Remember when gaming graphics were so primitive that no one even dreamed of adding shadows? Now they’re commonplace in most games with high end graphics. I predict that one day soon, reflections will become just as commonplace as shadows because they add an almost subliminal element to our ability to immerse ourselves in a virtual environment.
For now, though, my friend George is the trail blazer in this area. The mirror is his, as is the game, and I think both are going to be quite extraordinary.
‘[internet] Addicts lose interest in other hobbies or, sometimes, never develop any. When not allowed to go online, they experience withdrawal symptoms such as irritability, depression or even physical shaking. They retreat into corners of the Internet where they can find quick success — a dominant ranking in a game or a well-liked Facebook post — that they don’t have in the real world, experts say.’
The emphasis on ‘success’ is mine, and I believe it is the foundation of this psychological addiction. If real life sucks, go online and become a ‘god’ who is respected and adored by everyone. Or words to that effect.That kind of ego stroking is very hard to ignore because we all want to be respected, admired, liked.
The real problem, however, is not that we find ‘success’ online, but that we do not find it in the real world.
In a way, I guess this is just another First World problem, but it is real, and it will become more prevalent as the mobile generations swap their Smartphones for SmartJewellery, or SmartClothing, or SmartGoggles…or whatever. All these future devices will be fantastic, but they will not make living in the real world any easier.
Definitely food for thought,
p.s.in Korea, the pressures of real life have already created a whole society that is more ‘connected’ than any other. And they’re starting to have serious problems. This case is unusual but brings home the message.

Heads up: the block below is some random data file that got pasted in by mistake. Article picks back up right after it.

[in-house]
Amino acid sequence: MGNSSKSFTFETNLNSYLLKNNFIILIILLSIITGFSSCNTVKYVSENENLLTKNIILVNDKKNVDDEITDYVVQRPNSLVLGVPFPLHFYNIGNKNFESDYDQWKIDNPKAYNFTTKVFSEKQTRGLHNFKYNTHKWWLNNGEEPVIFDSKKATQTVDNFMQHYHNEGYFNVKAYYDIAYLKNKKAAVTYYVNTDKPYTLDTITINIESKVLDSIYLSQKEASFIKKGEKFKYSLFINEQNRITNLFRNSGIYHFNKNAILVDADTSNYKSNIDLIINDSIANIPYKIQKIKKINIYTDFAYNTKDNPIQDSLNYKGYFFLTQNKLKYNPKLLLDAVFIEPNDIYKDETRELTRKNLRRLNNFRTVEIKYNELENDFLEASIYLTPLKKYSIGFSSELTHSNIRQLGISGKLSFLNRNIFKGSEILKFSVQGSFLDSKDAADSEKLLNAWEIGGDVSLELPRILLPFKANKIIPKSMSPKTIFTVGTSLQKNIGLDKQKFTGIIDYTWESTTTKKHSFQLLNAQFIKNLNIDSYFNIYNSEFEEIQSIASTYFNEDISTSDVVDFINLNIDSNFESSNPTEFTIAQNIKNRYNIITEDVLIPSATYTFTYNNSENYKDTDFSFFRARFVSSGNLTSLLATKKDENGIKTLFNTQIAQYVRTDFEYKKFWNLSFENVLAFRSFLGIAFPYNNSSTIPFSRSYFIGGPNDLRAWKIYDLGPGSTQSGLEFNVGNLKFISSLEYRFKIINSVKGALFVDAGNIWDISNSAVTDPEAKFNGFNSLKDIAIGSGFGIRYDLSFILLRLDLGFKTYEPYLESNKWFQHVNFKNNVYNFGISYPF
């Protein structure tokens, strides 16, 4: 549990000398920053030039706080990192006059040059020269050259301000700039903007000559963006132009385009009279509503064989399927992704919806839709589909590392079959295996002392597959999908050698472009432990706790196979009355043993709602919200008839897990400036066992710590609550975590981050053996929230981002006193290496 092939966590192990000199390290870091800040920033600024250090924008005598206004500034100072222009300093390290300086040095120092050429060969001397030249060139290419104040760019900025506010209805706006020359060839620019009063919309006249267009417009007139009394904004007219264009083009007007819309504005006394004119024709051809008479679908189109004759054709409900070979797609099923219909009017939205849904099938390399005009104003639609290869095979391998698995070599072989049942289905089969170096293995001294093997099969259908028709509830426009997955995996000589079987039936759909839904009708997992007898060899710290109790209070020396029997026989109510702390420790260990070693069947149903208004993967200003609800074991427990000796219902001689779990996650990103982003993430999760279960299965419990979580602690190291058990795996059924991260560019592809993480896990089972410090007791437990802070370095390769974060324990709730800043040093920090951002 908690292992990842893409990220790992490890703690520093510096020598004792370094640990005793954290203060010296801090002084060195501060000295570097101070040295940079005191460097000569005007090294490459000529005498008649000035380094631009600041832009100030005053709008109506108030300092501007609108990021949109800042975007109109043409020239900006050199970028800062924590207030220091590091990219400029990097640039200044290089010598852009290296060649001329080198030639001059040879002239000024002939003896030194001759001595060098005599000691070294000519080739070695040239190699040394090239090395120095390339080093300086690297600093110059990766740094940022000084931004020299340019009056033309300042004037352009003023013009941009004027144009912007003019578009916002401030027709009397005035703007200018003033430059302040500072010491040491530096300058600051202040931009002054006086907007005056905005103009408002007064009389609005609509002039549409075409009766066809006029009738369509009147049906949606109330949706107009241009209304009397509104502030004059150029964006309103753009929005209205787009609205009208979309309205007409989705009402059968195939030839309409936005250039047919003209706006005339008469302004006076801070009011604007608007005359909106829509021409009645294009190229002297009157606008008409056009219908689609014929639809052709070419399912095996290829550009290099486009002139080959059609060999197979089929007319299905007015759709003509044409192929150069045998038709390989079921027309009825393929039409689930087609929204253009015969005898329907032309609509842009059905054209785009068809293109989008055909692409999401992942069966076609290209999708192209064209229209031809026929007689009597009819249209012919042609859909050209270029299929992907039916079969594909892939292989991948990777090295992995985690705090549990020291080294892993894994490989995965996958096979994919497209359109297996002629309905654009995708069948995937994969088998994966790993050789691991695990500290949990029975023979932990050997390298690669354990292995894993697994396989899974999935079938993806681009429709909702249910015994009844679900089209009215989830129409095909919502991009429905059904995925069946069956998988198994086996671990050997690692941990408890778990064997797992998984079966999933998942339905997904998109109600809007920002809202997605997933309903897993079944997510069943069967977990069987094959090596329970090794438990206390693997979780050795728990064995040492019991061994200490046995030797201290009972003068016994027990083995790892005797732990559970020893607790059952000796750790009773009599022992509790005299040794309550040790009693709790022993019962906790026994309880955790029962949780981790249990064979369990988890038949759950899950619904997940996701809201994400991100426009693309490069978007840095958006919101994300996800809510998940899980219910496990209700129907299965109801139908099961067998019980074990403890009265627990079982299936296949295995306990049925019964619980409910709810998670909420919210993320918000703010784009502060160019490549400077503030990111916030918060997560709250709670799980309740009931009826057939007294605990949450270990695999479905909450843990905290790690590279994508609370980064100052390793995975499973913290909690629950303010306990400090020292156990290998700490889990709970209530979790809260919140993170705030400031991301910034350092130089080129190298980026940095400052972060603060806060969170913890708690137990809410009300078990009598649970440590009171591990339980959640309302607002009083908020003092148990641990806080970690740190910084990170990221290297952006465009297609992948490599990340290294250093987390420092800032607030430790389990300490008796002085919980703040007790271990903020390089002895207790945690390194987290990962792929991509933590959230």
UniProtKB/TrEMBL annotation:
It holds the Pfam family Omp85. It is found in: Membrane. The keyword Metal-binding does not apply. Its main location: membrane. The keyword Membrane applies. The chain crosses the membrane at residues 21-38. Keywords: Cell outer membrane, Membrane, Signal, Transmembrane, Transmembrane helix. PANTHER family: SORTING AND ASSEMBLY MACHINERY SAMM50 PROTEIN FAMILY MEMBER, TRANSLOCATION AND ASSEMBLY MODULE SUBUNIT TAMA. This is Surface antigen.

The following quote describes the [current] experience of VR [virtual reality]:
‘“The gap between ‘things that happen to my character’ and ‘things that happen to me’ is bridged,” Stephan said. This distinction can transform an experience from merely flinch-inducing to sincerely frightening. “The way I process these scares is not through the eyes of a person using their critical media-viewing faculty but through the eyes of I, the self, with all of the very human, systems-level, subconscious voodoo that comes along with that.”’
Given how immersive even normal gaming can be, I do not find this phenomenon all that surprising. What I do find surprising is the genuine note of warning sounded in the article. You can find the entire story here:
Back to VR. As a gamer, I’ve been thinking about the consequences of addiction for a long time, and in Emmi’s story [in The Vintage Egg], one of the ideas I toss out there is that in the future, legislation will stop gamers from ‘playing’ for longer than a few hours. For their own good.
Will society really impose restrictions on the use of VR and AR [Augmented Reality]?
-shrug- Who knows, but it is gratifying to find that someone else is also thinking beyond the ‘oh goody, a new, supa doopa toy’ to the possible consequences of using that toy. I suspect that we will have to have deaths before the technology is regulated, which is a sobering thought. One thing I am certain about, however, is that next five to ten years will deliver a world-wide, totally voluntary [and probably expensive] social experiment on disruptive technology. 😀